Thursday, May 19, 2005
Call it the case of the missing trail. Monterey County Parks officials have lost their way on a project to reconstruct a recreational trail along a spectacular stretch of ridgeline that runs from Jacks Peak east to Hidden Hills and Laureles Grade.
When the residential development Cañada Woods North (CWN) was approved as part of the Monterra Ranch subdivision in 1996, the development company partly owned by Clint Eastwood agreed to keep the existing trail open or to slightly realign it so that it would continue to be accessible to the public. Although the trail was not on any county map, it was well-known and regularly used by hikers.
Today, the trail has fallen into disrepair. Neither the developers, County officials nor the outdoor enthusiasts concerned with the trail are even sure where it connects to the Jacks Peak trail system. Some hikers have concerns about crisscrossing CWN property and encountering security personnel.
“Back in the day, that whole ridgeline was completely open space,” says County Planning Commissioner Keith Vandevere. “It was private property but it wasn’t like there was a no trespassing sign. It was a de facto park.”
When Eastwood’s Cañada Woods North subdivision was approved nearly a decade ago, concerned environmentalists requested that the trail be preserved. The County agreed.
In the development agreement, planners laid out 160 “compliance conditions” that the subdivision would be required to meet. Three of the 160 conditions refer directly to the trail. One states that Cañada Woods North and the County will agree on terms and conditions for the construction of the public recreation trail. The second states that when the County accepts the fully constructed trail, the maintenance, patrol and liability will be assumed by the County Parks Department.
The third condition states that the trail won’t be opened for public use until the County accepts the “dedication” of the trail by Cañada Woods North; at the time of the project’s approval, Eastwood and CWN officials agreed to not only make the trail official, but to shoulder the costs of building and dedicating it.
On Feb. 10, 2000, an “Irrevocable Offer to Dedicate a Trail and Declaration of Restrictions” was recorded by Eastwood and CWN. According to this document, the County had 20 years to accept Eastwood’s offer to foot the bill. And, if the County accepts the offer within two years after the filing of the final map for either Monterra Ranch or CWN—which should happen in a year or two—the developer is obligated to construct the trail.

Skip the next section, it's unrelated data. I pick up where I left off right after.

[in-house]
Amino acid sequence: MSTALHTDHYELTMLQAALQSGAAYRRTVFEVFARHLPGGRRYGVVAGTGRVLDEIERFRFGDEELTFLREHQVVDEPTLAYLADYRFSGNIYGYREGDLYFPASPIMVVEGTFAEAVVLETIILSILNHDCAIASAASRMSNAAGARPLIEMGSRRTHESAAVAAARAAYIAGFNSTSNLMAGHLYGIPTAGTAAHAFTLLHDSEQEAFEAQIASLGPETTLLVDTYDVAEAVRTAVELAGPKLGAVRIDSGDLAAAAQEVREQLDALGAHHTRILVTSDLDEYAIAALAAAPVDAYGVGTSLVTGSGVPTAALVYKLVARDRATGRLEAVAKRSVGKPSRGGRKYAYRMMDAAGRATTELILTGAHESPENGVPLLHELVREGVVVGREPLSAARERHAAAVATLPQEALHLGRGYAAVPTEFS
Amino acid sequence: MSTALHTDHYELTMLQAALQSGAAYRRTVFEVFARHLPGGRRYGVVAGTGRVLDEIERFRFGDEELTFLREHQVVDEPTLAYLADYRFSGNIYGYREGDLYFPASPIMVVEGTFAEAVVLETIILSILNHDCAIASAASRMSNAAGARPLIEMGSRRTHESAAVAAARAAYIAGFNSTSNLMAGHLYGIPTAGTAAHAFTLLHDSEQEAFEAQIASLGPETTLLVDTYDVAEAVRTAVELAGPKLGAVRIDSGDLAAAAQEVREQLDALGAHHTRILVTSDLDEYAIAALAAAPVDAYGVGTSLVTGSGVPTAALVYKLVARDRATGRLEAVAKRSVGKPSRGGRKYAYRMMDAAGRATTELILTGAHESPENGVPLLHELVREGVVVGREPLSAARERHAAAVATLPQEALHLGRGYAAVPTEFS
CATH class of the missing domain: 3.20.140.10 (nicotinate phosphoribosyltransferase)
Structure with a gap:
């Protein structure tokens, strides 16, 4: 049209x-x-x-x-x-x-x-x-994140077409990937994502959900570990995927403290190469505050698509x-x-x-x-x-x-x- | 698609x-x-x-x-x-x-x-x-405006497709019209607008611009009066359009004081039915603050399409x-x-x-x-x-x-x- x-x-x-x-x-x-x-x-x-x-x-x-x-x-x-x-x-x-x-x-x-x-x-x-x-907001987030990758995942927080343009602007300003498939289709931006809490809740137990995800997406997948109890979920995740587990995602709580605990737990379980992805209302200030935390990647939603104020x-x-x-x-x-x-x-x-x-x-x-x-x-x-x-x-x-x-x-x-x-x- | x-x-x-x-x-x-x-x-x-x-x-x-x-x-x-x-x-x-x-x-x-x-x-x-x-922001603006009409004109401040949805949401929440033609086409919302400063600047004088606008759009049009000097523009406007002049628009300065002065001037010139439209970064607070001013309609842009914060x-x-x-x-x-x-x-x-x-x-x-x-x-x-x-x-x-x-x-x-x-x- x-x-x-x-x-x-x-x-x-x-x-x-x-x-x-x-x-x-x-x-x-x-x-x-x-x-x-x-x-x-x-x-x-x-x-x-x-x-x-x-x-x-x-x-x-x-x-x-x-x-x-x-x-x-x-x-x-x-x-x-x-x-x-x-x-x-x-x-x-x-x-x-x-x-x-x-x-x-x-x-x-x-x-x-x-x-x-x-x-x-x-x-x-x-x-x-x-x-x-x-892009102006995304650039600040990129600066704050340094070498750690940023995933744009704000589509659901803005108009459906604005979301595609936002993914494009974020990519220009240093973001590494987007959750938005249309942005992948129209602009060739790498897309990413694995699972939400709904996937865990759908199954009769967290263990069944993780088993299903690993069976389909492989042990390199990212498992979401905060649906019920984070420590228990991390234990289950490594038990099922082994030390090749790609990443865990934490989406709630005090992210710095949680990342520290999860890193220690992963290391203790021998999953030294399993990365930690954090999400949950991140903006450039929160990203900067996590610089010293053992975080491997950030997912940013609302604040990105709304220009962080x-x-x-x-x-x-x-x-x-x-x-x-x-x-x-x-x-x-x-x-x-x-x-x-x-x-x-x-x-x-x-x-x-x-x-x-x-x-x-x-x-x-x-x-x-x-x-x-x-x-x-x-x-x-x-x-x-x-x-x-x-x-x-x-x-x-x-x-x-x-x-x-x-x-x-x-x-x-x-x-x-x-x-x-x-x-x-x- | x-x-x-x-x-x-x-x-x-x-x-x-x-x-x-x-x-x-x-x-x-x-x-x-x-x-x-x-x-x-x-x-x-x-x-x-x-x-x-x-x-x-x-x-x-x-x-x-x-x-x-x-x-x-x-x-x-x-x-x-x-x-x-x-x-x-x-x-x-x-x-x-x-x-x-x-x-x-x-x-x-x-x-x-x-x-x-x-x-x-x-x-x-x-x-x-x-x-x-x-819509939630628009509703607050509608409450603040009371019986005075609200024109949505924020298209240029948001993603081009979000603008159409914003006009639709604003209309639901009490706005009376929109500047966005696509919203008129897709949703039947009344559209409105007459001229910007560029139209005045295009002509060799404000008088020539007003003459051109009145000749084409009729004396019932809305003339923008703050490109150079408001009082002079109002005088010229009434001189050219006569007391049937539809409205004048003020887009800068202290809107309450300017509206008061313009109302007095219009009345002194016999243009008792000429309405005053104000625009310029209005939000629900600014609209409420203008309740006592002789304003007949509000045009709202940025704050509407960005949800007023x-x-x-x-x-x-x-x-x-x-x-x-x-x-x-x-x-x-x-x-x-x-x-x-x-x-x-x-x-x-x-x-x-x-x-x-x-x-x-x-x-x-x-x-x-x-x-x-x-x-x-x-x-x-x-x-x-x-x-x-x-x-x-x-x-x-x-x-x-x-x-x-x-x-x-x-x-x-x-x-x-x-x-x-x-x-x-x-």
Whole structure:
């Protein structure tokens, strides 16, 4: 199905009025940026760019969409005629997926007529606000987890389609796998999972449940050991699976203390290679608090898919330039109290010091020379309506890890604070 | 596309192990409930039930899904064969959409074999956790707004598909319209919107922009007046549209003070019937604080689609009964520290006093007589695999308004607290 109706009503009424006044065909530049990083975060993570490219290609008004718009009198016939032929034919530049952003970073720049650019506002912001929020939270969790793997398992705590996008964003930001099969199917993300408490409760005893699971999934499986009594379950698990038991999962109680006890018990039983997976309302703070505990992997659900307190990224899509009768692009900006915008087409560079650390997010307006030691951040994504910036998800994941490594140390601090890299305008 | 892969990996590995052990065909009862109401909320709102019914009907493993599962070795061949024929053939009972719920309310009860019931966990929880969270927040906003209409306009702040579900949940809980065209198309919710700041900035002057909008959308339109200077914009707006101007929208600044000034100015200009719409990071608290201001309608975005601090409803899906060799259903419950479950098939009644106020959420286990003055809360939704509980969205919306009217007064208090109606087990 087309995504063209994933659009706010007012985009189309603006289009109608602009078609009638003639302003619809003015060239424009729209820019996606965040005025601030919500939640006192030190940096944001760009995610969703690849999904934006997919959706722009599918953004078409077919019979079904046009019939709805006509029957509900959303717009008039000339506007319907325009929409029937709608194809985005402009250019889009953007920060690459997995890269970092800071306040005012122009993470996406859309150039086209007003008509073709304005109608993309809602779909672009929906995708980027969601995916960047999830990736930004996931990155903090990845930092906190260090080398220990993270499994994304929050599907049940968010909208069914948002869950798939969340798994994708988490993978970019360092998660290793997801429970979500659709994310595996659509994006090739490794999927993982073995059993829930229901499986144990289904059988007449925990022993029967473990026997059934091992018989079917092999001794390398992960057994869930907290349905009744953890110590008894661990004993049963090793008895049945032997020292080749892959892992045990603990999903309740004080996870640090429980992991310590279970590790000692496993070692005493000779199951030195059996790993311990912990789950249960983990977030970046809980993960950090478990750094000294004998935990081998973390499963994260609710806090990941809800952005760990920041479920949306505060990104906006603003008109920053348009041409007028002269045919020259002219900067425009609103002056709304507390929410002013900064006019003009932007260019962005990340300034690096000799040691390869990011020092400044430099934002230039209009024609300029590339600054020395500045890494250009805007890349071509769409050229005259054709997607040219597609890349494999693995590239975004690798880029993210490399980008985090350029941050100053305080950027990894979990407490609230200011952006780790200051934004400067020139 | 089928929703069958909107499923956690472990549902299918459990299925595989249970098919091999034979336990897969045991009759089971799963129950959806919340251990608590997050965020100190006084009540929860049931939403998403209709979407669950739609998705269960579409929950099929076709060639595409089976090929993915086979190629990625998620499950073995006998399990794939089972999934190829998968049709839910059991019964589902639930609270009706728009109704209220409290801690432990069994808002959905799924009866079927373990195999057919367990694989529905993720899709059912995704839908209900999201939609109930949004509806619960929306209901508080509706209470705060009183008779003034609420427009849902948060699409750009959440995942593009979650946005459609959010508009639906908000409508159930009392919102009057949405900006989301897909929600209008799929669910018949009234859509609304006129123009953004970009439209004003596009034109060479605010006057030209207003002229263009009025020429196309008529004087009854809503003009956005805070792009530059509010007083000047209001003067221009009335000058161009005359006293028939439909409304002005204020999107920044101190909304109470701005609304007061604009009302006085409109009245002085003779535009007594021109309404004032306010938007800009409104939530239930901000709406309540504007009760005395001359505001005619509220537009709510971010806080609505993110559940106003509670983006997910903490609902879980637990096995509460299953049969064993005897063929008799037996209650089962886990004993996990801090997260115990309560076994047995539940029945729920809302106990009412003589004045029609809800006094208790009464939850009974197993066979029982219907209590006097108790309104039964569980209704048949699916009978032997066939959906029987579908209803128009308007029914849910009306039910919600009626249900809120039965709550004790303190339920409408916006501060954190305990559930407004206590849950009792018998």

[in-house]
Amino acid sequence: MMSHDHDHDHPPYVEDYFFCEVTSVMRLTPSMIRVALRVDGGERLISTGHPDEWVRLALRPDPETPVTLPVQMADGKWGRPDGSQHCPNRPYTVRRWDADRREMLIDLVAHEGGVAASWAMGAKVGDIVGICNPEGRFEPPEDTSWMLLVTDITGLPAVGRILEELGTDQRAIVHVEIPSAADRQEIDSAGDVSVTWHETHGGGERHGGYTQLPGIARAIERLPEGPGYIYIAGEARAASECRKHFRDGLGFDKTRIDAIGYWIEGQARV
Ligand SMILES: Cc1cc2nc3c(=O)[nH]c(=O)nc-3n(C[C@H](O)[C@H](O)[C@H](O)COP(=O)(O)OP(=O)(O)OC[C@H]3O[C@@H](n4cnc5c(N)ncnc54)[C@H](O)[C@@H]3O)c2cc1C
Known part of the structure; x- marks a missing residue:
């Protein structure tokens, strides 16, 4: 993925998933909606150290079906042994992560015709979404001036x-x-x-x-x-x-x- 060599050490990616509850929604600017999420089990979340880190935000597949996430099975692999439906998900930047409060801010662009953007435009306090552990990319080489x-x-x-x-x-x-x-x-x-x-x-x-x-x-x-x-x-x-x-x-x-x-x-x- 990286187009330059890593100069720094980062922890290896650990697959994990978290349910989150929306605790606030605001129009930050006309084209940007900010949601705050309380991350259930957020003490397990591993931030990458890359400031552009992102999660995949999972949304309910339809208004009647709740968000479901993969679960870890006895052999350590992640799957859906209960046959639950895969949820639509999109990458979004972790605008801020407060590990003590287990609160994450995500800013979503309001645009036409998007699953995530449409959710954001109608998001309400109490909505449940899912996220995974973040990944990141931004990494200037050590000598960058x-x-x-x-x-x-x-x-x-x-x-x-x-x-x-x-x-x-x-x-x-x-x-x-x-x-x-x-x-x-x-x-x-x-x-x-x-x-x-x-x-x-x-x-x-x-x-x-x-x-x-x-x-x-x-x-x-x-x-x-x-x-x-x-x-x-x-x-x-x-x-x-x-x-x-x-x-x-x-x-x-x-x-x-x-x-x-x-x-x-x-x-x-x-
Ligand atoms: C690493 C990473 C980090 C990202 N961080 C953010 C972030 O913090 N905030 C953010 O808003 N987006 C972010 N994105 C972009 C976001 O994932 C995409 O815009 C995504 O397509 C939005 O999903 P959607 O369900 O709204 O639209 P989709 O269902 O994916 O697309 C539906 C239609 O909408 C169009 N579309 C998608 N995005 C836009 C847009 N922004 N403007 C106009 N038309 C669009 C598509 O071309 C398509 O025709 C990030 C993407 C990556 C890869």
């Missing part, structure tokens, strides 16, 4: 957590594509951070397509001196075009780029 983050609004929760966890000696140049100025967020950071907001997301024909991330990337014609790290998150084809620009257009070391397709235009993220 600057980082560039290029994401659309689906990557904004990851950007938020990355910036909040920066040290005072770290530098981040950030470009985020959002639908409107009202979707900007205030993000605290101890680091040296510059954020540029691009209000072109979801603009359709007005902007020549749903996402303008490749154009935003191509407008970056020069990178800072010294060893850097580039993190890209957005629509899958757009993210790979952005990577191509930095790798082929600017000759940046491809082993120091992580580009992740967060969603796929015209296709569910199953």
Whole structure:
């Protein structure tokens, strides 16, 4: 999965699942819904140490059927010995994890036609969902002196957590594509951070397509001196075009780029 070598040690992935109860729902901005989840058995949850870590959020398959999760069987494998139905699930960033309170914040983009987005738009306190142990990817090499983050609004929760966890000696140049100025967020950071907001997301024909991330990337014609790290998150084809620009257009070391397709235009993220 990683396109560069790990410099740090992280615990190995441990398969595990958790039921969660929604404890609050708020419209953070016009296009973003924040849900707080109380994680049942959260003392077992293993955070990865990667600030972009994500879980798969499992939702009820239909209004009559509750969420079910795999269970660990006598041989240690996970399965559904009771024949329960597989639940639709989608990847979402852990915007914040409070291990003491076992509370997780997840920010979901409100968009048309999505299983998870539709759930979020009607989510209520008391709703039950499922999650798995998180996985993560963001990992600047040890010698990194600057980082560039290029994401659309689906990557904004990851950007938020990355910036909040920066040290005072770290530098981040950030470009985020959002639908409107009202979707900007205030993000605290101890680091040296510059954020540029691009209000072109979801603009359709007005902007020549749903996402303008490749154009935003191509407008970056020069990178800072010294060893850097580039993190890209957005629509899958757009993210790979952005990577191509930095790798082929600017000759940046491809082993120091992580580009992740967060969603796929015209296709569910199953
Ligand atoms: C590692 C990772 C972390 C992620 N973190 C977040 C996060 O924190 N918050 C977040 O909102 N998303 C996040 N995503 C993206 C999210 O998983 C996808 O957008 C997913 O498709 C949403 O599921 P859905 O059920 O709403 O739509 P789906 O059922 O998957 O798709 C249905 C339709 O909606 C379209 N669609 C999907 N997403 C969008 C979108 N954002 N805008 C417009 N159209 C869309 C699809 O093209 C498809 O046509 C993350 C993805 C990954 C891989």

Five years later, however, in May 2005, the County Parks Department has not accepted Eastwood’s offer.
“We’ve offered to dedicate the trail, there’s no question about that,” says Alan Williams, project manager for both the CWN and Monterra developments. “We just need the County to accept it and take jurisdiction over it. We don’t want to create a trail that no one will be responsible for.”
County Parks officials, on the other hand, say the ball is in Williams’ court.
“They actually have to construct the trail,” says Lynn Burgess, Parks planning manager. “Once they comply with this and have fully constructed the trail, then we will prepare the paperwork and take over full responsibility for the maintenance and liability of the trail.”
Local environmentalist and watchdog David Dilworth offers a different explanation: “[County Parks officials] don’t want the liability. And frankly Eastwood and the County are best of buddies. Since he doesn’t want the trail there, pressure on the County to not accept it would not be unwelcome.”
Not the case, says Williams.
“We’ve already dedicated in writing our commitment to meeting these conditions. How can we try to stop something after we’ve given irrevocable commitment to do it? It’s not like we control it anymore. What Dilworth is saying is total fabrication—like usual.”
Meanwhile, there’s one less trail for hopeful hikers.
“People are frustrated,” Vandevere says. “They feel they’re promised something in exchange for a project being approved, years go by and everyone just forgets. Conditions like this trail have a tendency to get swept under the rug unless someone says something.”